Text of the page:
New multiplexing identifier MID is intactly reported through data output register 206 to header exchanger 300. The new VCI code is expanded to a 28-bit new virtual path identifier VPI and a new virtual connection identifier VCI by VCI code/logical VCI conversion table 212, and the results are reported through data output register 203 to header exchanger 300.

If the received ATM cell is either a COM cell or an EOM cell, segment type ST of data input register 202 indicates COM or EOM. As a result, the output of E. 164 table 206 and MID counter 210 are disabled and routing table 209 and MID table 214 are enabled to be read by the output of segment type determiner 205.

Virtual path identifier VPI and virtual connection identifier VCI of data input register 202 are compressed to a 8-bit VCI code by VCI compressor 204 and applied to 18-bit register 207 to form the address of routing table 209 and MID table 214 together with multiplexing identifier MID of data input register 202.

New VCI code and new multiplexing identifier MID representing new virtual path identifier VPI and new virtual connection identifier VCI are read from routing table 209 and MID table 214 with the VCI code and multiplexing identifier MID outputted from 18-bit register 207 as keys. New multiplexing identifier MID is intactly reported through data output register 203 to header exchanger 300 while the new VCI code is expanded by VCI code/logical VCI conversion table 212 to new virtual path identifier VPI and new virtual connection identifier VCI each of 28 bits, which are then reported through data output register 203 to header exchanger 300.

Virtual identifier VPI and virtual connection identifier VCI (logical VCI) each of 28 bits and of data input register 202 are input to VCI compressor 204 to be compressed into a 8-bit VCI, which is then outputted. New virtual path identifier VPI and new virtual connection identifier VCI outputted from E. 164 table 206 are each a VCI code of 8 bits. As mentioned above, virtual path identifier VPI and virtual connection identifier VCI each represent a 8-bit VCI code in header generator 200 because:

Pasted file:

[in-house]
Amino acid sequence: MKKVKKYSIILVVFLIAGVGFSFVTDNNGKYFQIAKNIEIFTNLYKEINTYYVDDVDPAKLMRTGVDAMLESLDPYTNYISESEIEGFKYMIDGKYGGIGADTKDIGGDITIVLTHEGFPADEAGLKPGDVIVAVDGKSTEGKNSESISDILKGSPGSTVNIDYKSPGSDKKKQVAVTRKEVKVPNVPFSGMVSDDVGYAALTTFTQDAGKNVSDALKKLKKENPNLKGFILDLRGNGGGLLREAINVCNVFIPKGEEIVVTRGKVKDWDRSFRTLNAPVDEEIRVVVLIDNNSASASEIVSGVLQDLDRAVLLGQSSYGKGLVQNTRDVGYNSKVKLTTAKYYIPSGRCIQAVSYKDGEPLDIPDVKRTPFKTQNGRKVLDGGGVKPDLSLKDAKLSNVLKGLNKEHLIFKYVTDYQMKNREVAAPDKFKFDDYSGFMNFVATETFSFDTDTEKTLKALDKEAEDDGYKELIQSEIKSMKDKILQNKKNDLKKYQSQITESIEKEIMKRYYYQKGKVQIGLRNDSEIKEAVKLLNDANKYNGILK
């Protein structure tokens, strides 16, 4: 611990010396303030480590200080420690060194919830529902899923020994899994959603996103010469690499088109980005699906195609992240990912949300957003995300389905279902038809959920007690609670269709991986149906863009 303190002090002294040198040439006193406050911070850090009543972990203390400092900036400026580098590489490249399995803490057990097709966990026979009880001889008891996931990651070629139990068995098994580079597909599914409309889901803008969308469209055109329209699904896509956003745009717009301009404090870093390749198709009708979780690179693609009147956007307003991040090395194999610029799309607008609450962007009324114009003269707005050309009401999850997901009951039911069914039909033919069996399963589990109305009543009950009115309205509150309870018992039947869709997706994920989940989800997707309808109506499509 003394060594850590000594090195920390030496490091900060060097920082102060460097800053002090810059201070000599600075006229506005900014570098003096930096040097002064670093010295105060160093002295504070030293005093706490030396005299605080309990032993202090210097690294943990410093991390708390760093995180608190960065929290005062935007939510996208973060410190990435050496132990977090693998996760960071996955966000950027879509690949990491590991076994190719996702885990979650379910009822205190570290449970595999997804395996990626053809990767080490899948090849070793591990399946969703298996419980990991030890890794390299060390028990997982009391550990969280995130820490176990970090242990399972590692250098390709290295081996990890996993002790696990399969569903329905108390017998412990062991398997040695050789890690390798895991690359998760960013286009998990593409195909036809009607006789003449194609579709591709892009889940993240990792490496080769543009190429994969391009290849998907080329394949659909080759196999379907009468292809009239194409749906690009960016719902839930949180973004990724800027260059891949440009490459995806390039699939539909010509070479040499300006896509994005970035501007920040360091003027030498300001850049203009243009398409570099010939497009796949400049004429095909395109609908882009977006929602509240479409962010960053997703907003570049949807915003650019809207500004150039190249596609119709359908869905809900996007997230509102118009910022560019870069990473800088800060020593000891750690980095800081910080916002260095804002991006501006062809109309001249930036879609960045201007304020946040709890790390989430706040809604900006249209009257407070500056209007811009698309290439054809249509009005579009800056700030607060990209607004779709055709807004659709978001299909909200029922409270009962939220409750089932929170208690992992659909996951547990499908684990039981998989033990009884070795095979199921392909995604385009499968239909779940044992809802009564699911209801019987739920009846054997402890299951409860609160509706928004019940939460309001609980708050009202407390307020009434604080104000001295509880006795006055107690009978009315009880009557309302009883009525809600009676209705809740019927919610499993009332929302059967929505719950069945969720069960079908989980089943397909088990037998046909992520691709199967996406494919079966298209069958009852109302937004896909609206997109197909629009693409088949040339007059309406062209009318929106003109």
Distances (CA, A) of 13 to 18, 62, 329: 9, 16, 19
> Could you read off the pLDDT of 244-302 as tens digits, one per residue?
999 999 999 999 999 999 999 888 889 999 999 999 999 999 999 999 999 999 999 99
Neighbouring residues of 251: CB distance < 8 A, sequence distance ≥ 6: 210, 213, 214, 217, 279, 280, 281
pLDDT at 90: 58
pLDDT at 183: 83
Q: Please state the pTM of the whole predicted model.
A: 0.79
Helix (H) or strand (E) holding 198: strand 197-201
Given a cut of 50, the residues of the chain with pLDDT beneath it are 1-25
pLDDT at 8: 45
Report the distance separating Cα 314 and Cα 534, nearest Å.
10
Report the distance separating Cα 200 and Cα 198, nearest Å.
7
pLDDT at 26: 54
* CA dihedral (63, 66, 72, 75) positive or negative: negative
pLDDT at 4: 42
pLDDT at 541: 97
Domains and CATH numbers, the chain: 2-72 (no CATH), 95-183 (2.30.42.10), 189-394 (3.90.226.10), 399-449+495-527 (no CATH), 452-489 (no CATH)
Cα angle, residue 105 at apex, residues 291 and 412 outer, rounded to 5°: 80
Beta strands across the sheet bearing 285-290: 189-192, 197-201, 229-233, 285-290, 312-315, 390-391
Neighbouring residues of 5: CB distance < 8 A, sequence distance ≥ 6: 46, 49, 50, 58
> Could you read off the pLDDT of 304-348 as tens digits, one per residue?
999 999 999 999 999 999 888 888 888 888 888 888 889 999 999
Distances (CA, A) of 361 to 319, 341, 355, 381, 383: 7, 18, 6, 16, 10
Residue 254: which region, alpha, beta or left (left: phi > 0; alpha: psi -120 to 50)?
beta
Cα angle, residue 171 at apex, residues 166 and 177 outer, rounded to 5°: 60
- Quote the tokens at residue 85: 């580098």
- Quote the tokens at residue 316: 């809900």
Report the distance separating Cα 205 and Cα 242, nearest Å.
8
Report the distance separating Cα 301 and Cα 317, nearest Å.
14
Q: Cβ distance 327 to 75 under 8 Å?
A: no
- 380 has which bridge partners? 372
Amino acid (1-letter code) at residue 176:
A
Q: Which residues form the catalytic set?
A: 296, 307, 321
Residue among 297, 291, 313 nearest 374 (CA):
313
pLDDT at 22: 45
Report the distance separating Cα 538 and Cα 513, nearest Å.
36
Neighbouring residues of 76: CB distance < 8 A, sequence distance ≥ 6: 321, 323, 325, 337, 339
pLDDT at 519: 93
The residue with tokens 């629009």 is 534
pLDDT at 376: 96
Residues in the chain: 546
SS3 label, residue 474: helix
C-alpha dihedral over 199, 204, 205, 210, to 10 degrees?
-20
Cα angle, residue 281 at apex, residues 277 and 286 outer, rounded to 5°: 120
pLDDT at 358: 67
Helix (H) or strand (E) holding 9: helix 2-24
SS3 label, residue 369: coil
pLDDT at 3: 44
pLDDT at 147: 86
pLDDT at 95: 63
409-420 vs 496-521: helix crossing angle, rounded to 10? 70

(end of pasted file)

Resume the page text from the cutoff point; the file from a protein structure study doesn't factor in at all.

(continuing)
1) Since a subscriber is a local area network (LAN), so that it cannot be considered that the rate of one virtual connection is 1 Mbps or less. The rate of the link is 155 Mbps, so that 256 virtual connections will suffice. Therefore, any VCI is required to be expressed with 256 (8 bits) codes; and

2) The use of 28 bits makes the hardware scale unacceptable in the state of the art.

FIG. 9 shows an algorithm by which a virtual path identifier VPI and a virtual connection identifier VIC (logical VCI) each of 28 bits used in the present embodiment are compressed to 8-bit VCI codes. The device for execution of this algorithm includes a 28-bit logical VCI register 22 which stores logical VCIs, an associative memory 222, and an 8-bit VCI code register 223 which stores VCI codes. In the embodiment, the two least significant bits one of each virtual path identifier VPI and virtual connection identifier VCI of logical VCI are used intactly as the least 2 bits of the VCI code in order to suppress an increase in the scale of the hardware. Associative memory 222 is accessed with the remaining 26 bits of logical VCI as a key to obtain the remaining 6 bits of the VCI code.

FIG. 10 is a schematic of VCI compressor 204 of FIG. 8 and includes logical VCI register 221, VCI code register 223, CAM word 224, and logical AND gate 225.